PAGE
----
There have been experiences in my life that I consider to be “landmark moments.” They are significant experiences that impacted me and caused me to vow to never forget them. I resolved to do or be something “different” as a result of what I experienced.
I have had several.
1. As a child growing up in a less than peaceful home, with parents who did the best they could with the knowledge they had, I distinctly remember the times I would run up the stairs to my room, slam the door, throw myself on the bed, and think, “When I grow up, I’m going to do things differently!”
At the end of the day, laying in bed … longing for a peaceful home.
“When I grow up, I am going to have a peaceful home. I’m going to do it differently.”
2. Sitting in a booth at Burger King, I looked at my mother and finally confessed to her. The night before, what they thought was an allergic reaction to pain medication, was actually my body rebelling after I had swallowed the entire bottle of pills at one time. She looked at me, stood up, walked to the car, and began to drive away. I ran toward the moving car, swung open the door, and jumped in. We drove home in silence.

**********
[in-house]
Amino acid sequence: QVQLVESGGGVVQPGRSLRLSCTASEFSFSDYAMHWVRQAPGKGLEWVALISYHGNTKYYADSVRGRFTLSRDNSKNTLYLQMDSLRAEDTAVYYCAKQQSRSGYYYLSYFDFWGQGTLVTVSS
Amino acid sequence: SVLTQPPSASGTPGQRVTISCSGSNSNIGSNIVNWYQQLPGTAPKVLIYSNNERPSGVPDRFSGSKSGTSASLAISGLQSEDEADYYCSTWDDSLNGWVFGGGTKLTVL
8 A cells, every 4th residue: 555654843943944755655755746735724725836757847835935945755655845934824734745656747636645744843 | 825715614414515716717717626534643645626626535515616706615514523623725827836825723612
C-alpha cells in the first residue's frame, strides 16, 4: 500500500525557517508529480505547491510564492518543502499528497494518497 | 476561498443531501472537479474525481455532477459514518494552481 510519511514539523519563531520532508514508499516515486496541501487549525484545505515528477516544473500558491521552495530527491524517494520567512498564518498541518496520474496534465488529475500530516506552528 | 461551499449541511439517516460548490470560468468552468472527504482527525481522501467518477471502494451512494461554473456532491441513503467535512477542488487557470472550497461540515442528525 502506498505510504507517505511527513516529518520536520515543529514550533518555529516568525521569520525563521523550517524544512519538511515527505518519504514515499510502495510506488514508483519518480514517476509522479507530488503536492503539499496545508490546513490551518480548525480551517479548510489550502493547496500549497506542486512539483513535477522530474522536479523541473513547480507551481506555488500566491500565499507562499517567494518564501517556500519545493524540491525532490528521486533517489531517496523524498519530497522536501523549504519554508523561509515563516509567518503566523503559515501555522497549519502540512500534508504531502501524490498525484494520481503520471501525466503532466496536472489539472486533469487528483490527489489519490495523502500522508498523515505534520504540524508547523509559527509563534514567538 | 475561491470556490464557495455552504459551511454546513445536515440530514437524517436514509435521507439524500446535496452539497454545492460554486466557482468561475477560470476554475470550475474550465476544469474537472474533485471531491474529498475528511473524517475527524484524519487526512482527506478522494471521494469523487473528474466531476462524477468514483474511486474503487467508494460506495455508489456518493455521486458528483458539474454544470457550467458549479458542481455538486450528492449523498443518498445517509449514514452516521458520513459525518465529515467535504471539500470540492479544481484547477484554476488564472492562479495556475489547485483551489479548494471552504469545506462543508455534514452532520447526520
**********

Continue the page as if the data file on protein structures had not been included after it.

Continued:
The rest of that afternoon I sat in the basement by myself and waited. I knew there would be some kind of “discussion” when my father got home. That evening we sat in the living room, and I was given a short lecture about how selfish I had been, and not to do it again. That was it. My mother said nothing. It was never brought up again.
I was baffled. Their daughter had reached the point of hopelessness, and had attempted to take her own life, and that was it? No help? No comfort? No questions why? Nothing.
“When I have children, I will do it differently. I will not ignore my child’s cry for help!”
3. Getting ready to graduate from high school, I had a burning desire to attend a Christian college in hopes of preparing for some kind of full-time ministry. My parents said they couldn’t afford to send me, so I needed to get a full time job. They didn’t really care what I did as long as I got a job.